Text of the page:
Walking around with salt stains on your boots is like walking around naked with black socks – totally cool in my books. But if you want to switch things up this year (and keep your boots for longer than a season) then it’s time to take some preventative measures. If your shoes are already stained, you still have hope…unless of course your shoes already look like this. Inside I’ll show you how to prevent permanent salt stains as well as removing them.
Clean The Boot
The first step is to clean the boot. If your boot is brand new, you can skip to the last step. Grab a cloth and dampen it with some fresh water. I cut a lemon in half and squeezed the juices into the cloth. Press down on the salt stains to remove them. You’ll probably need to rinse the cloth a few times and add more lemon. Once the salt stains are all gone, grab another cloth that is dry and press down on the boot and dry all the areas. If lemon isn’t strong enough for you, you can buy special stuff for salt stains from a shoe repair shop. When you’re done, let the boots dry for a while before moving on to polish them. If salt isn’t your problem, you can use an old toothbrush to brush dirt off or use leather soap if it’s really filthy.
Polish The Shoe If Worn
The boot should now look like the one below – clean of any salt stains and dirt. Grab some decent shoe polish that matches the boot and a crappy rag. Dip into the polish and start applying it to the boot in circular motions. If your shoe is a different colour than your soles, take some time to be careful to not to ruin those details and be careful with the polish around the edges. Details make the man.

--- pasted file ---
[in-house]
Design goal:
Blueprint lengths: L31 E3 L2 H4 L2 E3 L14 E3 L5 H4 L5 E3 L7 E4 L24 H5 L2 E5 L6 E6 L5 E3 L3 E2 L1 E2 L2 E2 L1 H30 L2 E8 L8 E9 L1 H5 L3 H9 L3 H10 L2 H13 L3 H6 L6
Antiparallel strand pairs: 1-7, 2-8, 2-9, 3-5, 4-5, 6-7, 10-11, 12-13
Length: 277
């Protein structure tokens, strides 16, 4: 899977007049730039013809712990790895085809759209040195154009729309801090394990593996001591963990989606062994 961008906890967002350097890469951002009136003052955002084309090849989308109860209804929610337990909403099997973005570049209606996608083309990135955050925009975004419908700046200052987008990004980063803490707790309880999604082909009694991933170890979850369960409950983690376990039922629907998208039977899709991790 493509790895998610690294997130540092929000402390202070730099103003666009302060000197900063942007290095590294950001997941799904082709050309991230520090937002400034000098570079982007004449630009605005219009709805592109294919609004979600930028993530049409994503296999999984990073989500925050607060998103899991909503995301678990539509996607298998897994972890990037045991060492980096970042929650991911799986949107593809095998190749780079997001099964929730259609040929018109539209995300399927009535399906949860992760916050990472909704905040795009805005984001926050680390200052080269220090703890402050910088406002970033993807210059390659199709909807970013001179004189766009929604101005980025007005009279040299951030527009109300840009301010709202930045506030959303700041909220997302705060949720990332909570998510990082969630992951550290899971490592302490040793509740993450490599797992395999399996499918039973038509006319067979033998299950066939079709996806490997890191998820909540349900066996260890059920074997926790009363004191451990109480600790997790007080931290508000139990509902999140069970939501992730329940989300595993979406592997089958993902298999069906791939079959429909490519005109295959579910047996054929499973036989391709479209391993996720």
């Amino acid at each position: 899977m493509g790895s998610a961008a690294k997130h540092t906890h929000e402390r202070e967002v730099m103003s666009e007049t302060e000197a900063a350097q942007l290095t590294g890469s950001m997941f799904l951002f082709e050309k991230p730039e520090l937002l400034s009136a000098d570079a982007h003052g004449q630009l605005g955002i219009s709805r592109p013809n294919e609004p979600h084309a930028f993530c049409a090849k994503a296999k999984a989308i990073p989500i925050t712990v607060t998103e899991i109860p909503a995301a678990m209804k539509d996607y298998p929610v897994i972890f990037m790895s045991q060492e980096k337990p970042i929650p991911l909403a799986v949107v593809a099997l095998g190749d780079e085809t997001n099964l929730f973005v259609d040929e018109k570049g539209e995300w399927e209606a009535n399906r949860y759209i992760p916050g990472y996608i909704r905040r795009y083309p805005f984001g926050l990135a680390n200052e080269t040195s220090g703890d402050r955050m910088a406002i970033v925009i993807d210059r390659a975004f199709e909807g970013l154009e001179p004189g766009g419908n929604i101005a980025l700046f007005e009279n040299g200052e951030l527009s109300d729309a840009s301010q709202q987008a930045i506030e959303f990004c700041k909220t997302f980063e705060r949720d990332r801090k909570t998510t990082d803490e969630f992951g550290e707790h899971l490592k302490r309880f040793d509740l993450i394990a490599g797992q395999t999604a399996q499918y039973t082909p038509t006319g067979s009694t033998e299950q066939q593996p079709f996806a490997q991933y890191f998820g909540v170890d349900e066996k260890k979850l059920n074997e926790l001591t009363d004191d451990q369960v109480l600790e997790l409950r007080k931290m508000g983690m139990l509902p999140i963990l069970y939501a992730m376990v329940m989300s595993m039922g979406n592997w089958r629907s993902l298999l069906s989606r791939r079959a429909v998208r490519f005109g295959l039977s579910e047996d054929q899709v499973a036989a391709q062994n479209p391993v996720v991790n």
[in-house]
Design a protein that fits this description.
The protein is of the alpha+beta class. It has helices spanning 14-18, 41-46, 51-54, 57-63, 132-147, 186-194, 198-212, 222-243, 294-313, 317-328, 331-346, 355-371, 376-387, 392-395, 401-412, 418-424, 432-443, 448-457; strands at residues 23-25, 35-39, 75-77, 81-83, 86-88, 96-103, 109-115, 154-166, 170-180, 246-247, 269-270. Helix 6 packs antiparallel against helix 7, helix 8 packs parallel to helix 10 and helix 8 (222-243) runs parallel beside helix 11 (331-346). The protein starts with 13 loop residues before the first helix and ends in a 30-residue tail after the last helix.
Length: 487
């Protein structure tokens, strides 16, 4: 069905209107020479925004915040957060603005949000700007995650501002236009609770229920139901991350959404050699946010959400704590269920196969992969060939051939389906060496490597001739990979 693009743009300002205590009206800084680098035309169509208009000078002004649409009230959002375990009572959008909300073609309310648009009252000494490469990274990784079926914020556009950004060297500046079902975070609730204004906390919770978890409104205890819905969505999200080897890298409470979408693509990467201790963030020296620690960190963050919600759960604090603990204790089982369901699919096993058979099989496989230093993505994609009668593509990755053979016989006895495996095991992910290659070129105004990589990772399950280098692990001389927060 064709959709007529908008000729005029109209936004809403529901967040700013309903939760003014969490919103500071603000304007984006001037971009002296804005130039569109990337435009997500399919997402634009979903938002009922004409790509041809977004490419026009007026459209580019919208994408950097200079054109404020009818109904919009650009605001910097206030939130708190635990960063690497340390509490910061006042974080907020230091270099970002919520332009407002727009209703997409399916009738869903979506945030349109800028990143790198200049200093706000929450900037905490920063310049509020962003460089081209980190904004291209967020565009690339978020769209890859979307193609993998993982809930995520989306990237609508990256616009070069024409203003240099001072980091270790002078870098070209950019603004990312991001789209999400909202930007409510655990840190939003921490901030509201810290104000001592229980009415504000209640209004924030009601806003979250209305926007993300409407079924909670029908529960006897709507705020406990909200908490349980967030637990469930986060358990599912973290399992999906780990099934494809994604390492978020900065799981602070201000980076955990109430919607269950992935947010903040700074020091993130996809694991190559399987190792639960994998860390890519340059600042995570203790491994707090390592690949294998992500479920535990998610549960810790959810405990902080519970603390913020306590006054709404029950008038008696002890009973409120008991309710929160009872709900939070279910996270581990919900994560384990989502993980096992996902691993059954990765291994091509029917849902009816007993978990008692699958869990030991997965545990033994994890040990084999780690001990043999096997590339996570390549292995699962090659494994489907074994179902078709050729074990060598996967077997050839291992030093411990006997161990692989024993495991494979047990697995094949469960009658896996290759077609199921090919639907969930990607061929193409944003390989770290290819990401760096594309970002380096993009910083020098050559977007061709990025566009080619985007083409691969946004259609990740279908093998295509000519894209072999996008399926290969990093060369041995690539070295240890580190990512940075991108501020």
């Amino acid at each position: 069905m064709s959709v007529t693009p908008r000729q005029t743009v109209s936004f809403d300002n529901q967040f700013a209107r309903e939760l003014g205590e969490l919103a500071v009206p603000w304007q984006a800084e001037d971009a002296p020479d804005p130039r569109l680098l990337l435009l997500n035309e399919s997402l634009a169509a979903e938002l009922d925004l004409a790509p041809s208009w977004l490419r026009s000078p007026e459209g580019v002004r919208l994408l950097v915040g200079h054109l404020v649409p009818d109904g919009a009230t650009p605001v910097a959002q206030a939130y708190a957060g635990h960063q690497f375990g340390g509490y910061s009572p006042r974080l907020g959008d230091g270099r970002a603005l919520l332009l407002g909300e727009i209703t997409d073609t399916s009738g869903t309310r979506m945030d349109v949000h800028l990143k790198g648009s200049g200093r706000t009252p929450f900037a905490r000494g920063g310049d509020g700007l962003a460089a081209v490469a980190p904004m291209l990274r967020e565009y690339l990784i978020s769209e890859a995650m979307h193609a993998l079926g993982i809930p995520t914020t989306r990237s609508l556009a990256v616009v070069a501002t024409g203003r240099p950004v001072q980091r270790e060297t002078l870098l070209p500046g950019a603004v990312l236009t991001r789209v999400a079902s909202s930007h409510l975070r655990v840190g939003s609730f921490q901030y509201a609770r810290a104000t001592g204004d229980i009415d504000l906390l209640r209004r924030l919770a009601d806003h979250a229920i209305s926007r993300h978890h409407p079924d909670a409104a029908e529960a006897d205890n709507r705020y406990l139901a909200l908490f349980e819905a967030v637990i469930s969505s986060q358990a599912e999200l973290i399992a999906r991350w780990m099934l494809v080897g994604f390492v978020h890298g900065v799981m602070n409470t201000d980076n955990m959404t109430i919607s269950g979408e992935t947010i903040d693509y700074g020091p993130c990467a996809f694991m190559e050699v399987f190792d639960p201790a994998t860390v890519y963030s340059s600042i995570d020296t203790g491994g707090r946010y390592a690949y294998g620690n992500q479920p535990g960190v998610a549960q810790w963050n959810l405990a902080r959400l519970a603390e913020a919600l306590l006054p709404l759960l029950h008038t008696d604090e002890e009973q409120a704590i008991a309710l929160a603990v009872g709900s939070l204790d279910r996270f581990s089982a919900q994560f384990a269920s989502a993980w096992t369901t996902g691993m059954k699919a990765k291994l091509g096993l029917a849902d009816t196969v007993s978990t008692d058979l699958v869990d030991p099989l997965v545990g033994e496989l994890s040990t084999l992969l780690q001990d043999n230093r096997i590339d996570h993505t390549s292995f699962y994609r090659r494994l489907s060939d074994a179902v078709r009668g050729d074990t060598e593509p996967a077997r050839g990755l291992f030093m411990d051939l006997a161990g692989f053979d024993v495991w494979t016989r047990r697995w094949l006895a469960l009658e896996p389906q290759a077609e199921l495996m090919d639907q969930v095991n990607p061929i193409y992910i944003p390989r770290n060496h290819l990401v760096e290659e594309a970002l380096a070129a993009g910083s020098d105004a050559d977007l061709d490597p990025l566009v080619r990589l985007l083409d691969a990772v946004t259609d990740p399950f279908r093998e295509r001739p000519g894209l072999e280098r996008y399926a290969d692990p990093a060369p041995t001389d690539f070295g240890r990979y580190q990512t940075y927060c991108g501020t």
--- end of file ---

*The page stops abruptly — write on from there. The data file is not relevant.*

The shoe polish should fill in some scuffs from wear and tear and discoloration from previous salt stains (if there are any). Polishing your shoes from time to time will keep filling those imperfections in keeping the boots looking sharp. Leather cream is also good to apply once in awhile to keep your boots from drying out and cracking. Once you’re done polishing the boots, let the polish sit for a bit and dry.
Brush or Buff
The boots are looking pretty good now (see below). Once the polish has set in, it’s time to either brush or buff them. I have a brush made of horsehair and it does the trick pretty good. If you want them to be extra shiny, buy a nylon shine cloth. The photo below has shoe polish applied and is now ready to brush.
Seal The Shoe From Water/Dirt/Salt
So now that the shoe has been cleaned of salt stains, polished, and brushed. It’s time to seal them properly from dirt, water, and salt stains. If your shoes are brand new, this is the only step you need to do. Below is the brushed shoe that is ready to be sealed.
I’ve tried ‘dubbin’ made of beeswax and I’ve tried silicone spray. Personally, I prefer the beeswax because I can see exactly where it’s been applied and how much of it has worn off and I don’t mind the aesthetic. No treatments last forever and will need to be reapplied depending on how hard you wear your shoes. The silicone spray is real easy to apply, seemed to work well enough, and didn’t make my boots look ‘waxy’ if that look turns you off. Some friends of mine who live in Montreal have recommended Snoseal as king though I haven’t personally tried it. So long as the dubbin is made of beeswax, you’re pretty safe.
The final product! For all those curious, Shane wore these shoes pretty hard over the years so they’re looking a little beat up – perfectly worn if you ask me…and they were never previously treated. If you get salt stains on your boots from slush or the sidewalks, don’t freak out too much. I hear the salt doesn’t start tearing away at the leather until it reaches room temperature. So make sure not to walk indoors or stay lingering inside too much. Window shopping is good on the wallet and good on the shoes. For real though, don’t let salt stains stay on your boots or the damage will be as permanent as my love for Taylor Swift.